My camera body is a Canon 550D/T2i. Which one would be better for landscapes and why?


3 Answers 3


Canon EF-S 10-18 or Tokina 11-16/2.8. :D

Sorry. Neither one of these is ideal on a crop body as a landscape lens. The fisheye has too much distortion and would require defishing if you ever wanted a straight horizon anywhere other than the center of the frame. And defishing will cost you the edges of the frame, so it won't be super-super-wide (which is why you got it). Also the 14mm, being designed for full-frame, doesn't go as wide as your typical crop ultrawide zooms, and exhibits wave/mustache distortion (i.e., pincushion and barrel distortion combined), so you do need a lens profile and lens correction in post.

If I had to choose between the two, then the 14/2.8 but I'm a full-frame shooter who also likes to shoot superwide indoors (if you're going to be shooting at f/8-f/16 most of the time, having an f/2.8 lens is overkill). Throw in the fact that it doesn't autofocus, you have to set the aperture on the lens manually (it cannot be controlled from the camera body since there's no electronic communication with the lens; upshot: you can only shoot with it in M and Av modes on the camera), that you need to use stop-down metering, that EXIF information from the lens is not communicated to the body, and that it's a prime, it may not be worth it as a crop landscape shooter.

The $250 or so more that a good ultrawide zoom designed for crop costs may not look too expensive given all the pain-in-the-ass factors that come with a manual-only Samyang-Rokinon-Vivitar-Bower-Phoenix-Pro Optic-Walimex-etc. etc. lens. They're all the same, btw. Samyang is the Korean company that manufactures the lenses, but they get rebranded. A lot. The Samyang 8mm fisheye is the same lens as the Rokinon 8mm fisheye, the Vivitar 7mm fisheye, and the Pro-Optic 6.5mm fisheye. Why this is the only Samyang lens that's described with different focal lengths, however, is an unanswered mystery.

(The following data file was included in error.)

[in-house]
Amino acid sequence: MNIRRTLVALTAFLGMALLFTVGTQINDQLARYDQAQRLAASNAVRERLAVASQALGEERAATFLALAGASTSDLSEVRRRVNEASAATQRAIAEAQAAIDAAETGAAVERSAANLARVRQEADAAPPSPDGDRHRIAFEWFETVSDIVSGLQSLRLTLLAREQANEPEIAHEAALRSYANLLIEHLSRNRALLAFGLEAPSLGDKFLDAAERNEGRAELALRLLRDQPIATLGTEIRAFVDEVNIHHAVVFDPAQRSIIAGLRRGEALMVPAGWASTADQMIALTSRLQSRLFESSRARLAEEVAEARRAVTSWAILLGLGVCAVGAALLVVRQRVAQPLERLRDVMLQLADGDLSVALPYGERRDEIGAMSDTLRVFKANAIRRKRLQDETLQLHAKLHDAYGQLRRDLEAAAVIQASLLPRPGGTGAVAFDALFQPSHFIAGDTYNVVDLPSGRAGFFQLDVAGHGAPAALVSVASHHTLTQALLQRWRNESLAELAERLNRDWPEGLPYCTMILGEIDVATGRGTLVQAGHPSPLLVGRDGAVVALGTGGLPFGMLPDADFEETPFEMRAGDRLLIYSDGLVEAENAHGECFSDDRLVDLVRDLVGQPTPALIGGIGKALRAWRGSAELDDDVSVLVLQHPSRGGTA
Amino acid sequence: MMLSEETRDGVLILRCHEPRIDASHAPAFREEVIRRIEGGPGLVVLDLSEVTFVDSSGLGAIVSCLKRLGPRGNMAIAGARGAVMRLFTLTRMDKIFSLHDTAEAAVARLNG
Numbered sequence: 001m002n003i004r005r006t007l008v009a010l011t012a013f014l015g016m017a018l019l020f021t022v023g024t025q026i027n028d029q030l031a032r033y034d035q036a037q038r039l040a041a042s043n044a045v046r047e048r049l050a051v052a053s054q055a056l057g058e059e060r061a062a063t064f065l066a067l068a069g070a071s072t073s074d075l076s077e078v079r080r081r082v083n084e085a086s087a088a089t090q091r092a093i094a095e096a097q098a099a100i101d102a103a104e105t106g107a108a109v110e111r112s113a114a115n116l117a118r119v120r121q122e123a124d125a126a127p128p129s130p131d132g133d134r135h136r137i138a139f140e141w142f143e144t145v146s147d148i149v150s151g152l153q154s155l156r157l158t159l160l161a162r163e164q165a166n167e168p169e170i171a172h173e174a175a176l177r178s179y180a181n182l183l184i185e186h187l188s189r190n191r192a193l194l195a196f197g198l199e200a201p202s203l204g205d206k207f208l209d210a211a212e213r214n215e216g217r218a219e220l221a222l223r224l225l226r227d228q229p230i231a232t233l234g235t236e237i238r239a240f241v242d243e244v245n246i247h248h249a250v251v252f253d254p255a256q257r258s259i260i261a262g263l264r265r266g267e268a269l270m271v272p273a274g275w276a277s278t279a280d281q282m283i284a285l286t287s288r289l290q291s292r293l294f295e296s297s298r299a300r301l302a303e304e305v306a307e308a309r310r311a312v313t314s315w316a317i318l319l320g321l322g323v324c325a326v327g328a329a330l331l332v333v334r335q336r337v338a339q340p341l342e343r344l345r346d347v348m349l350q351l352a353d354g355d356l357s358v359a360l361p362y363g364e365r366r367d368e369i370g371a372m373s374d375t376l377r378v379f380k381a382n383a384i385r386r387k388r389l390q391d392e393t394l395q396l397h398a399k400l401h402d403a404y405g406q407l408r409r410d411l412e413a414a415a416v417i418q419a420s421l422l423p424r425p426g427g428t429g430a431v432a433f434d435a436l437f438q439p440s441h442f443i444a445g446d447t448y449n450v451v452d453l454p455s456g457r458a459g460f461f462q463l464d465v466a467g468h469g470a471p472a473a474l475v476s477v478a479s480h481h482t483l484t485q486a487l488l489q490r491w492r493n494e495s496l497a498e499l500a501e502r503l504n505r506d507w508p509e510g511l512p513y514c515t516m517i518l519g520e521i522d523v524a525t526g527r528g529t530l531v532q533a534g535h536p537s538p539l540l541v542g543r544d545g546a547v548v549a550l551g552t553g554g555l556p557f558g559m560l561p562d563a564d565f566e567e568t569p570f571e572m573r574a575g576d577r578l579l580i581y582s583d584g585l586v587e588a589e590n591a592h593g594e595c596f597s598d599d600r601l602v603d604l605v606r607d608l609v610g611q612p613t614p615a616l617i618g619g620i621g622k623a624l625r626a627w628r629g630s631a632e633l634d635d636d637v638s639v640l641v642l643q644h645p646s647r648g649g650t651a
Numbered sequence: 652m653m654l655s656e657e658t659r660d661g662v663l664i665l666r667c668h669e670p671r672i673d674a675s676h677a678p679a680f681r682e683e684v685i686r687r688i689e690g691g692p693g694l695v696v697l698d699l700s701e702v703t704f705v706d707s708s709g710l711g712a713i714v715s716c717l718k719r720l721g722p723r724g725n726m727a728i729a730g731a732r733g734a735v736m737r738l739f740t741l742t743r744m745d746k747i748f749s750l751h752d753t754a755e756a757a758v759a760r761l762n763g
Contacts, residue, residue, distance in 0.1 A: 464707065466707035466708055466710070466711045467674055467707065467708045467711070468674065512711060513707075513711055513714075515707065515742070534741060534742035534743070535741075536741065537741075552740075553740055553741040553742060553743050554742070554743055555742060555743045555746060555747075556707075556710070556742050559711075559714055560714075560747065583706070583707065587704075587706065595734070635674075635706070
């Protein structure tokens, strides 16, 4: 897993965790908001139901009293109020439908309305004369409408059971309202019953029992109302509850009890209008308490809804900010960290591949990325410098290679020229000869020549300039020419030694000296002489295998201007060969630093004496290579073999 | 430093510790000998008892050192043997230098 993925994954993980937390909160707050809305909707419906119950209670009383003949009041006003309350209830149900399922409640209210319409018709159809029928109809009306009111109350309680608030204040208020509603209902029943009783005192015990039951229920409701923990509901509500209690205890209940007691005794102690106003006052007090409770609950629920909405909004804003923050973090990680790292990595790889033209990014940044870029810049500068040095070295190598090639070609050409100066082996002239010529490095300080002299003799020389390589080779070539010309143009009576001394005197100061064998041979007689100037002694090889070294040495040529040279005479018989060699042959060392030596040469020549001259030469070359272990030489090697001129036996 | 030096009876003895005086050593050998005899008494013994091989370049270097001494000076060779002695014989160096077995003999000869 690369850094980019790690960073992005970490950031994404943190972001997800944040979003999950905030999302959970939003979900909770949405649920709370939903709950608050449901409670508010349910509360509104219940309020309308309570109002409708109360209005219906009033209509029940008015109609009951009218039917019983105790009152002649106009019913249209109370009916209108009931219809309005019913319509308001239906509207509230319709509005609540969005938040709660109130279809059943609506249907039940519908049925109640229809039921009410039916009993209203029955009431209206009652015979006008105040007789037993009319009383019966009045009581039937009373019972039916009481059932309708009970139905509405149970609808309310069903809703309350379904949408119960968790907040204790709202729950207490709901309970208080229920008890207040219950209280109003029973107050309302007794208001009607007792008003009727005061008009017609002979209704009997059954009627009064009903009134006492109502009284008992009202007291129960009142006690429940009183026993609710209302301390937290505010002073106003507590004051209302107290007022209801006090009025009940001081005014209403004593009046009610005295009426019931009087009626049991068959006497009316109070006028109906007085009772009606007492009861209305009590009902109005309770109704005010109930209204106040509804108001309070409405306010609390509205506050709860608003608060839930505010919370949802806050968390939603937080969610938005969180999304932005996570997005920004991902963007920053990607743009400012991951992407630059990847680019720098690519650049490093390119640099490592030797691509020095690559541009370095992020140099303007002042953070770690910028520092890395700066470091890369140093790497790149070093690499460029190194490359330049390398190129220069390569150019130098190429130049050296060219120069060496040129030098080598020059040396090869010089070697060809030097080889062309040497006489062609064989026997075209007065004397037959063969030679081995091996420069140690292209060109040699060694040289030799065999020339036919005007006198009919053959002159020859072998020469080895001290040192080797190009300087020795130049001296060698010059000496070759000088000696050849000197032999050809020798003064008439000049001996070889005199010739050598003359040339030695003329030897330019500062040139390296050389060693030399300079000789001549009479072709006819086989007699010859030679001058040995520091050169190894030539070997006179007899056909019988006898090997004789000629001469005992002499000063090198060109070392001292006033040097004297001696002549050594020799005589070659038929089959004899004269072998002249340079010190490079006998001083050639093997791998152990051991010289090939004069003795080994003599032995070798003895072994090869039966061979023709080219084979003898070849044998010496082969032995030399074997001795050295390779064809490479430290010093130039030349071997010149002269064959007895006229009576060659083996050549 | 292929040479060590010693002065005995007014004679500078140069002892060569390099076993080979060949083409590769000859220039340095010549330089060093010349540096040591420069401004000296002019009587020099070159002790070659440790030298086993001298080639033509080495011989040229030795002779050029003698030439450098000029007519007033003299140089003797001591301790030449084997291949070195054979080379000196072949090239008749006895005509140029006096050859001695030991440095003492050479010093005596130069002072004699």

Footnote: on the third hand, that Samyang 8mm fisheye absolutely rocks if you want to learn to shoot 360x180 spherical panos and has the odd distinction of performing stereographic, rather than equisolid mapping as a fisheye.


I have the 14mm and use it with a T3i (still a crop body). I like it for what I get but I wouldn't consider it the best option. If time is not of the essence, I would recommend this: Canon EF-S 10-18mm f/4.5-5.6 IS STM Lens. It's only preorder at the moment, as this lens hasn't been released yet. It would, however, leave you with a lot more options than the Samyang, as it's not manual or prime. Additionally, it is built for APS-C cameras so it should avoid the problems which were listed by inkista, but still at the $300 price point.

  • \$\begingroup\$ Good point! I forgot about the 10-18! \$\endgroup\$
    – inkista
    Commented Jun 18, 2014 at 1:39

Actually that is a bad comparison. The answer to your question is the 14mm. Fisheye is a completely different category of lens. Search for a gallery of fisheye images so you can understand what type of pictures fisheye lenses make. It will help you decide or find your preference.


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